About Conversation Kindling

The purpose of this blog is to share stories, metaphors, quotes, songs, humor, etc. in hopes they'll be used to spark authentic and rewarding conversations about working and living fruitfully. There are at least three things you can gain by getting involved in these conversations. First, you'll discover new and important things about yourself through the process of thinking out loud. Second, you'll deepen your relationships with others who participate by swapping thoughts, feelings, and stories with them. Finally, you'll learn that robust dialogue centered on stories and experiences is the best way to build new knowledge and generate innovative answers to the questions that both life and work ask.

I write another blog called My Spare Brain. This is where I am "storing" ideas for use in future books, articles, blog posts, speeches, and workshops. There is little rhyme or reason for what I post there. I do this to encourage visitors to come as treasure hunters looking for new ways of seeing and thinking vs. researchers looking for new or better answers to questions they already know how to ask.

14 May 2010

How Can We Fail to Succeed?

Poka-yoke is Japanese for fail-safe. The term was popularized by Shigeo Shingo, who made the notion an integral part of the Toyota Production System. The sense of this is patently obvious: ask ahead of time what could possibly go wrong in whatever it is you are trying to do, and figure out what you can do to keep it from happening or minimizing the damage if it does. An example of a fail-safe device is having fighter planes go to full power as they land on the deck of an aircraft carrier so they can take off again if the catch wire fails in some way.

VUCA is an acronym the U.S. Army has been using for over a decade to describe the world in which we are living. It stands for volatile, uncertain, complex, and ambiguous.

In a VUCA world, it is virtually impossible to predict the future. As a result, it is nigh unto impossible to develop strategic plans - including business, career, and life plans - that we can play out to a certain end as we were able to do in a more static world. But, plan we must. Or as the great philosopher Seneca said:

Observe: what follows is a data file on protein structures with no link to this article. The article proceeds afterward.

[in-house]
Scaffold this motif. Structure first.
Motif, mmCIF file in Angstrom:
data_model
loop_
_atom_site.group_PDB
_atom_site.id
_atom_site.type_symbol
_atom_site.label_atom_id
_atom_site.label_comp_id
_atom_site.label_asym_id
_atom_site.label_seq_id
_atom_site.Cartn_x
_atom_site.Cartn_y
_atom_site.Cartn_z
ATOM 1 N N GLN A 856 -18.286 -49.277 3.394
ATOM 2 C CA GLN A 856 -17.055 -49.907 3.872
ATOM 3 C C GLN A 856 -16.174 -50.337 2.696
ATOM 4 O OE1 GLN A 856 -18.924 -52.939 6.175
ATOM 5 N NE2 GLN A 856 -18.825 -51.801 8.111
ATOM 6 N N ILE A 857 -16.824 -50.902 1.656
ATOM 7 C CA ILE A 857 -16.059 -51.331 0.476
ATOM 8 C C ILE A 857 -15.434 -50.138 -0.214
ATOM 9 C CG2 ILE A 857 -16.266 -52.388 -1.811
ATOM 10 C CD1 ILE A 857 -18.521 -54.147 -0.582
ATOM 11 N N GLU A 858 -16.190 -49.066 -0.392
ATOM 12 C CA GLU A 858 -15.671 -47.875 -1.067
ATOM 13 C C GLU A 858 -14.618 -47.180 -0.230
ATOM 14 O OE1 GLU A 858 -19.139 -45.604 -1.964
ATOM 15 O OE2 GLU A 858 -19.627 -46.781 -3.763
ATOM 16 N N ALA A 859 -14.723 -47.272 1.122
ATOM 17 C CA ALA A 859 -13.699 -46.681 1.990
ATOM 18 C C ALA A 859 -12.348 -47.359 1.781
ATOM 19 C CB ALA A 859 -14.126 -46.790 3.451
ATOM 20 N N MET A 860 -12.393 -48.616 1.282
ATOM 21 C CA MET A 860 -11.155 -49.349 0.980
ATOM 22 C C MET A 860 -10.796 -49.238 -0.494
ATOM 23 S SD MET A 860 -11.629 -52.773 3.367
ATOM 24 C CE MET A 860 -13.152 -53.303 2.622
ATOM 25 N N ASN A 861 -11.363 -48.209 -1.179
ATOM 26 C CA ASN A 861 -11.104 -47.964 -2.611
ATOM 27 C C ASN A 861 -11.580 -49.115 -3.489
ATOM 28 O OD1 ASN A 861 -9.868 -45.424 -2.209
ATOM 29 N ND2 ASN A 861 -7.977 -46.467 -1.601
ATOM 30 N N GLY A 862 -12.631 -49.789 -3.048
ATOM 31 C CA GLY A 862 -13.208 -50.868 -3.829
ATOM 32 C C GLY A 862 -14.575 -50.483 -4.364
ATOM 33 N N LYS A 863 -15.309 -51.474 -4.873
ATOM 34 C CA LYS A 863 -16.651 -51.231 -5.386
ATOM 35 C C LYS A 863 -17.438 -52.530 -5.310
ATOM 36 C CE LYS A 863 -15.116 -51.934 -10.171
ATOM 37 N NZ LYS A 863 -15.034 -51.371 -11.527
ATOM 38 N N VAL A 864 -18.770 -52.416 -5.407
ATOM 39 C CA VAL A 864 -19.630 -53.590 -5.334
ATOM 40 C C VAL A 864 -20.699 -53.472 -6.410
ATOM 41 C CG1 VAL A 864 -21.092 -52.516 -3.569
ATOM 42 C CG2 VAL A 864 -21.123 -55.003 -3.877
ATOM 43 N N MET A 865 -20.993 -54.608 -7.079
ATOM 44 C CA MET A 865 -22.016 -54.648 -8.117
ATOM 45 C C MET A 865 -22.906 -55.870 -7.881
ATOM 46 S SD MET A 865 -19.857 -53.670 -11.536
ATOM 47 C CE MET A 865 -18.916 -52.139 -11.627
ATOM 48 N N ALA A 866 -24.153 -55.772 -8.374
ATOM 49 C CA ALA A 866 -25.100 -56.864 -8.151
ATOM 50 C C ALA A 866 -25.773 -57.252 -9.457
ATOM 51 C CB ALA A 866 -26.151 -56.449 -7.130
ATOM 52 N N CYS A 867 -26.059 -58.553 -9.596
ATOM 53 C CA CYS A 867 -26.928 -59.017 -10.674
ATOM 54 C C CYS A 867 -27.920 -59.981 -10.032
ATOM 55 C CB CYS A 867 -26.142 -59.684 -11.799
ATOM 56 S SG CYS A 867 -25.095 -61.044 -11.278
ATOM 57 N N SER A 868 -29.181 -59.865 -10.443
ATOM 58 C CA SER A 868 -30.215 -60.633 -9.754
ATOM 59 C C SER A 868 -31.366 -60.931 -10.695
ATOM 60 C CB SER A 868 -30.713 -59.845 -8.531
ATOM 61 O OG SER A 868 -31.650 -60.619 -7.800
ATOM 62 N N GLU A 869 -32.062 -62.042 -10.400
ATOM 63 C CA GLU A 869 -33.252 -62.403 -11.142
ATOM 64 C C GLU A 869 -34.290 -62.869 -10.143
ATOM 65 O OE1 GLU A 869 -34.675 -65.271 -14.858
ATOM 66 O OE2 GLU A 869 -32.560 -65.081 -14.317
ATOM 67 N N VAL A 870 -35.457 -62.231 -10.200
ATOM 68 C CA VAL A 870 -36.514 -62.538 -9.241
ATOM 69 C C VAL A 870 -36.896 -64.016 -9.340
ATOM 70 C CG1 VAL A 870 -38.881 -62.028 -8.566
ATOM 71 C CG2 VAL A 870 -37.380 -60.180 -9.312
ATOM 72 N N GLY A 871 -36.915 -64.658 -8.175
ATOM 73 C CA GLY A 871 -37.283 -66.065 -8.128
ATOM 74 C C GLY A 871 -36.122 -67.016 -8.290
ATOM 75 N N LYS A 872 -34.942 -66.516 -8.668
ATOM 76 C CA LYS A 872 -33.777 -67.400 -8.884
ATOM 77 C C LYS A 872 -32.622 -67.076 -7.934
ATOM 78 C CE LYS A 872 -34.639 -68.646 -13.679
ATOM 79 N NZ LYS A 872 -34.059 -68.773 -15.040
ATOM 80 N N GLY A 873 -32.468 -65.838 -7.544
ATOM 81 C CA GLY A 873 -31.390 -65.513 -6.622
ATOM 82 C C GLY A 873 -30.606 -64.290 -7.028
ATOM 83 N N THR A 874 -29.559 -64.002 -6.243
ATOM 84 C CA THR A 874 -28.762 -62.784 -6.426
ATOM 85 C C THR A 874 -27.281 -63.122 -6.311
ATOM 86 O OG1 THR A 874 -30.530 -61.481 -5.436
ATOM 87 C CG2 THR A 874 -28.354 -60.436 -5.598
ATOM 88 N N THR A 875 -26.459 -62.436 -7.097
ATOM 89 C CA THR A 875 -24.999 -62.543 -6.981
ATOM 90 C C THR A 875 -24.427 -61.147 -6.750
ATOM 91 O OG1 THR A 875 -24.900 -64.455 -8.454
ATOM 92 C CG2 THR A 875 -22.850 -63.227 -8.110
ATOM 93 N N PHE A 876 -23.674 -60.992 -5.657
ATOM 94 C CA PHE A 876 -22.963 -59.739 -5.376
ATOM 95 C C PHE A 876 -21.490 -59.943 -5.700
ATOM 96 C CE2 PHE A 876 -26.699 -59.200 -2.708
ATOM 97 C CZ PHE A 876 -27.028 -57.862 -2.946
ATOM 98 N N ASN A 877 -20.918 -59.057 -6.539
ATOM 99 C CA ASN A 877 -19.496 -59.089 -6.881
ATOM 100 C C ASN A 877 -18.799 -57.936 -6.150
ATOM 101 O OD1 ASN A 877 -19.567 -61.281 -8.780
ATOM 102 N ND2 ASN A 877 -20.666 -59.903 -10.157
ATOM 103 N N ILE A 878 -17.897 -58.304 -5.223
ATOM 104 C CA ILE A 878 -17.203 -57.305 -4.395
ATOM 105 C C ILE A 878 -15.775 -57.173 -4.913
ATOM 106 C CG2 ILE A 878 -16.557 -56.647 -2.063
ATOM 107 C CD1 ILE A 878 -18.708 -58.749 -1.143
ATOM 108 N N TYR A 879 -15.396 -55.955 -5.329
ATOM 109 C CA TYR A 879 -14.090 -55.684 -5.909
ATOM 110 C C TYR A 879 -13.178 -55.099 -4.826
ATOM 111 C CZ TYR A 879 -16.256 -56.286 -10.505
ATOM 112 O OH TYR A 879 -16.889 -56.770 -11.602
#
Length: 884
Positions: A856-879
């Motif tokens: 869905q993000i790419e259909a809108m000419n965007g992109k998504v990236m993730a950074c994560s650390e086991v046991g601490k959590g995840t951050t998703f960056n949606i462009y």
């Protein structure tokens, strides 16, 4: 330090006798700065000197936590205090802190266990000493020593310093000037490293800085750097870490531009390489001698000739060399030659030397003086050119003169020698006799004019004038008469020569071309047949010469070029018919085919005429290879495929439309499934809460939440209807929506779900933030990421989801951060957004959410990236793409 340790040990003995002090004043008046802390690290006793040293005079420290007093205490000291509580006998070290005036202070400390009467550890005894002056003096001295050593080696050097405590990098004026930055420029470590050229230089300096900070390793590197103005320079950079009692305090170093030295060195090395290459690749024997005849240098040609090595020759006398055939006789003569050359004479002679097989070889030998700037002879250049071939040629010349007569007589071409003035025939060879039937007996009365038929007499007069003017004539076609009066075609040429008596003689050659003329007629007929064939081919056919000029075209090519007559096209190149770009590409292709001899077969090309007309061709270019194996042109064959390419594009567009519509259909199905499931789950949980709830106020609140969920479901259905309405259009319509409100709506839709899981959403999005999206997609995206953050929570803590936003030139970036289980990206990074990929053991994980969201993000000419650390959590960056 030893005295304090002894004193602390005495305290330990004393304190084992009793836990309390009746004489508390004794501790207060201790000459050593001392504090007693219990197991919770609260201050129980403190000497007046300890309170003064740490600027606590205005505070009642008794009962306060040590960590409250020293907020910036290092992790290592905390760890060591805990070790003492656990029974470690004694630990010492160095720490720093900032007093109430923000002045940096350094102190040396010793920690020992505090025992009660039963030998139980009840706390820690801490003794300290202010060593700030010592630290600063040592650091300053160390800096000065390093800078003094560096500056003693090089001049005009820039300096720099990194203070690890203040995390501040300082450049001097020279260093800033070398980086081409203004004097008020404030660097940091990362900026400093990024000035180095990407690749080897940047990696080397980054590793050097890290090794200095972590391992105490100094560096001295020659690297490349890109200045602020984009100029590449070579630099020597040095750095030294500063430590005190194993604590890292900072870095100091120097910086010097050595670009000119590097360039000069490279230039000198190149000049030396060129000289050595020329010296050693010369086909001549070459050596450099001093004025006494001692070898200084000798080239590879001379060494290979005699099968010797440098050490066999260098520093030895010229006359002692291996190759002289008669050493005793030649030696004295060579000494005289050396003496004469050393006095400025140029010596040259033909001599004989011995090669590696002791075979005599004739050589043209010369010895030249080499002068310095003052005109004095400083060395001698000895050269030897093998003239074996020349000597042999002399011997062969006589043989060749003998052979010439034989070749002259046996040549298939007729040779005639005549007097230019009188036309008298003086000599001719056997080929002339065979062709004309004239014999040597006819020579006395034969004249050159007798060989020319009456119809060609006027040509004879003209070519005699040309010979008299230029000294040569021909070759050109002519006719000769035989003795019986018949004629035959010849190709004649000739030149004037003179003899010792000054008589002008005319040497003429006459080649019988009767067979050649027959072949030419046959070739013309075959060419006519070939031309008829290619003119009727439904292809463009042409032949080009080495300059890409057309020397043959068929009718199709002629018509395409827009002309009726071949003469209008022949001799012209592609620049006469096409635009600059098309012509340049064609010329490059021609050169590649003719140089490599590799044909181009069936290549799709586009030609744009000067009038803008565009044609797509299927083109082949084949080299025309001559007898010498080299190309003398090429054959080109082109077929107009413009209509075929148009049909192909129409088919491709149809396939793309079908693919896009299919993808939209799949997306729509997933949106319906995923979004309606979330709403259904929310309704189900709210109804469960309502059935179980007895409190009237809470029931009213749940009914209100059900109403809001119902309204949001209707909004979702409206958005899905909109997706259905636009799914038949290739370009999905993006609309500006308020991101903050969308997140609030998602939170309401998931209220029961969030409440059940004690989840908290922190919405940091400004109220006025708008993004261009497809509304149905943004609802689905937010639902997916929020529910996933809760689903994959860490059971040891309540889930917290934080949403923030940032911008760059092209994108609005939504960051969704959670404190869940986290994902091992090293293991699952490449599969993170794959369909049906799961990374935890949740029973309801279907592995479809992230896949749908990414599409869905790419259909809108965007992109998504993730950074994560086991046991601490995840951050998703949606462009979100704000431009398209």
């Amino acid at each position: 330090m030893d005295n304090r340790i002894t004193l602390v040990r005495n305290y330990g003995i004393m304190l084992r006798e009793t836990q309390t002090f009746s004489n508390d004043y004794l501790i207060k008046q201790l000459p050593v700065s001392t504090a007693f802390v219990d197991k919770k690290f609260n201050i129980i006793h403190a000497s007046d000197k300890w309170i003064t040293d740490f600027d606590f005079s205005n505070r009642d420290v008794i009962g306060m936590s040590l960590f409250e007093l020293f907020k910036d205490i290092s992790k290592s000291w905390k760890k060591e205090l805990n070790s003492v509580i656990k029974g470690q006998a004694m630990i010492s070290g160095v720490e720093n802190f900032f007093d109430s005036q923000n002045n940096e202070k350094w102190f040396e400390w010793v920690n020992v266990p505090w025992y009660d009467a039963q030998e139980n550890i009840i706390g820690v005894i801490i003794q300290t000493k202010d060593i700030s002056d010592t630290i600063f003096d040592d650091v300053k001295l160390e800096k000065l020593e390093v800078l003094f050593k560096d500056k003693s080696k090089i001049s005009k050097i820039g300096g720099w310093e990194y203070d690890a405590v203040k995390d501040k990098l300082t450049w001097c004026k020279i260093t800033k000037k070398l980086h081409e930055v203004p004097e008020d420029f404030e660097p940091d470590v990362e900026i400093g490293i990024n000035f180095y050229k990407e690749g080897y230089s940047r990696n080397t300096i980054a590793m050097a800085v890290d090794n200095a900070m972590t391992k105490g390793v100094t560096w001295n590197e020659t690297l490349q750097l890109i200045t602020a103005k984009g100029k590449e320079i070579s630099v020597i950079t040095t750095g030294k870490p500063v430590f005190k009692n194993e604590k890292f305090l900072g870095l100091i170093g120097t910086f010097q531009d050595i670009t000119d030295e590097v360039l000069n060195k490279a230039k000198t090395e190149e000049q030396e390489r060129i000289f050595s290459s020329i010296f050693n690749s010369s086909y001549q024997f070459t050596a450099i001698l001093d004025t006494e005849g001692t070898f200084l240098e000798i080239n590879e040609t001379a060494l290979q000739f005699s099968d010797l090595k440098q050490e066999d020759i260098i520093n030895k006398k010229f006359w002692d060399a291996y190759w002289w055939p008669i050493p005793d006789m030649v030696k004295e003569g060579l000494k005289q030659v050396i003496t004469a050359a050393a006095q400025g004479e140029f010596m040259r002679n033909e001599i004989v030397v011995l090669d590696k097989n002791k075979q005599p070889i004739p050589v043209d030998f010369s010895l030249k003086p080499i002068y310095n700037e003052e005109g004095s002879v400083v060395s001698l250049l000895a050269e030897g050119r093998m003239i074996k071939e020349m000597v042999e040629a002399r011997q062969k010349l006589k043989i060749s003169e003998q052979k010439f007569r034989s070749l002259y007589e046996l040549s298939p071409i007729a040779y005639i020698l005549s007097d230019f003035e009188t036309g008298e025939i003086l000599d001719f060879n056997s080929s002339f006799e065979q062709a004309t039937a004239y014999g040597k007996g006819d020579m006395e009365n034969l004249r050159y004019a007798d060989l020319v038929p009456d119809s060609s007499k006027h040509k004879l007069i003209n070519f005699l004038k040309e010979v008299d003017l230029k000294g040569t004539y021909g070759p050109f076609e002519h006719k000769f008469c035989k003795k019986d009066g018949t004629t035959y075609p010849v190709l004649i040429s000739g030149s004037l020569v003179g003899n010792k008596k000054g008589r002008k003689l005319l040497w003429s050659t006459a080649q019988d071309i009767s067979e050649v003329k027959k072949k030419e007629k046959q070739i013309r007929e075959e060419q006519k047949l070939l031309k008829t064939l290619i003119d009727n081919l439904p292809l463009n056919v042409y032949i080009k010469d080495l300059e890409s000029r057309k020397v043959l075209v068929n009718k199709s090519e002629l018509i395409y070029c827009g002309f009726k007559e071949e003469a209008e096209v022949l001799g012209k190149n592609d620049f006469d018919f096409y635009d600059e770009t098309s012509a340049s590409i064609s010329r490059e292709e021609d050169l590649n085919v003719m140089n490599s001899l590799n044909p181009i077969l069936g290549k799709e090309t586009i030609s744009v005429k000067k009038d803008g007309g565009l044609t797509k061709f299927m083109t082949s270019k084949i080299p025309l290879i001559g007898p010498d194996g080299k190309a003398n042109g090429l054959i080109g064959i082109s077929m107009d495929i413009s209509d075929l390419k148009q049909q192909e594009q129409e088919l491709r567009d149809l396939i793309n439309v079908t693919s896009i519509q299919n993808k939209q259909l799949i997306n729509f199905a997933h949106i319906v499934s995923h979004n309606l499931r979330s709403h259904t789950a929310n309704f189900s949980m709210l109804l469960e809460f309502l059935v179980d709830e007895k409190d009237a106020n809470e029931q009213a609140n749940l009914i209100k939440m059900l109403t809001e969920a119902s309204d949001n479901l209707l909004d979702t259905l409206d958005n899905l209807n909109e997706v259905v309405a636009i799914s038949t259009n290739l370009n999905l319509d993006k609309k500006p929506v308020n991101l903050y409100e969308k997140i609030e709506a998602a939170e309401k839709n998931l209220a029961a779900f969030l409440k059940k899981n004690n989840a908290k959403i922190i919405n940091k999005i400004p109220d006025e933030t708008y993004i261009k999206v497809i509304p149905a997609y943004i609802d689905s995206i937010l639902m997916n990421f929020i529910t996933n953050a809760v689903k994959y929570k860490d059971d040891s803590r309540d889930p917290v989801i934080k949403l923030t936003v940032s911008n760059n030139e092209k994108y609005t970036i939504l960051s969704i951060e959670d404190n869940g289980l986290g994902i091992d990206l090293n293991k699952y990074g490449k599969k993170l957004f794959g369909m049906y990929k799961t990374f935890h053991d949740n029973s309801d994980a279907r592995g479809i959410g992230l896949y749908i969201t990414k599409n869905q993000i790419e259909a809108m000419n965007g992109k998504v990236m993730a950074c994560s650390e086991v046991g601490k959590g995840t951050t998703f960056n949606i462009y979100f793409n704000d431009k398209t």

"If one does not know to which port one is sailing, no wind is favorable."
To deal with this conundrum you can employ the idea of poka-yoke to fail-safe your plans on the front end. Here's how. The plans you create answer the question:
"How can we succeed in getting from point A to point B?"
Most planning stops there. But to build a fail-safe device for your plan, you must ask and answer a second - and seldom asked - question:
"How can we fail to succeed?"
The best idea on how to answer this question comes from Gary Klein, a research psychologist and author of The Power of Intuition. He suggests that when our plans have been etched in stone, we conduct what he calls a PreMortem. This means holding a conversation in which we look out into the future to speculate on how our plans might meet an untimely demise. Here's what to do in Gary's own words.

  • Preparation. Team members take out sheets of paper and get relaxed in their chairs. They should already be familiar with the plan, or else have the plan described to them so they can understand what is supposed to be happening.
  • Imagine a fiasco. When I conduct the PreMortem, I say I am looking into a crystal ball and, oh no, I am seeing that the plan has failed. It isn’t a simple failure either. It is a total, embarrassing, devastating failure. The people on the team are no longer talking to each other. Our company is not talking to the sponsors. Things have gone as wrong as they could. However, we could only afford an inexpensive model of the crystal ball so we cannot make out the reason for the failure. Then I ask, “What could have caused this?”
  • Generate reasons for failure. The people on the team spend the next three minutes writing down all the reasons why they believe the failure occurred. Here is where intuitions of the team members come into play. Each person has a different set of experiences, a different set of scars, and a different mental model to bring to this task. You want to see what the collective knowledge in the room can produce.
  • Consolidate the lists. When each member of the group is done writing, the facilitator goes around the room, asking each person to state one item from his or her list. Each item is recorded in a whiteboard. This process continues until every member of the group has revealed every item on their list. By the end of this step, you should have a comprehensive list of the group’s concerns with the plan as hand.
  • Revisit the plan. The team can address the two or three items of greatest concern, and then schedule another meeting to discuss ideas for avoiding or minimizing other problems.
  • Periodically review the list. Some project leaders take out the list every three to four months to keep the spectre of failure fresh, and re-sensitize the team to the problems that may be emerging.
"Argue as if you are right; listen as if you are wrong." - Karl Weick
"It often happens that a player carries out a deep and complicated calculation, but fails to spot something elementary right at the first move." - Grandmaster Alexander Kotov
"Anticipation is the heart of wisdom. If you are going to cross a desert, you anticipate that you will be thristy, and you take water." - Mark Helprin, A Soldier of the Great War

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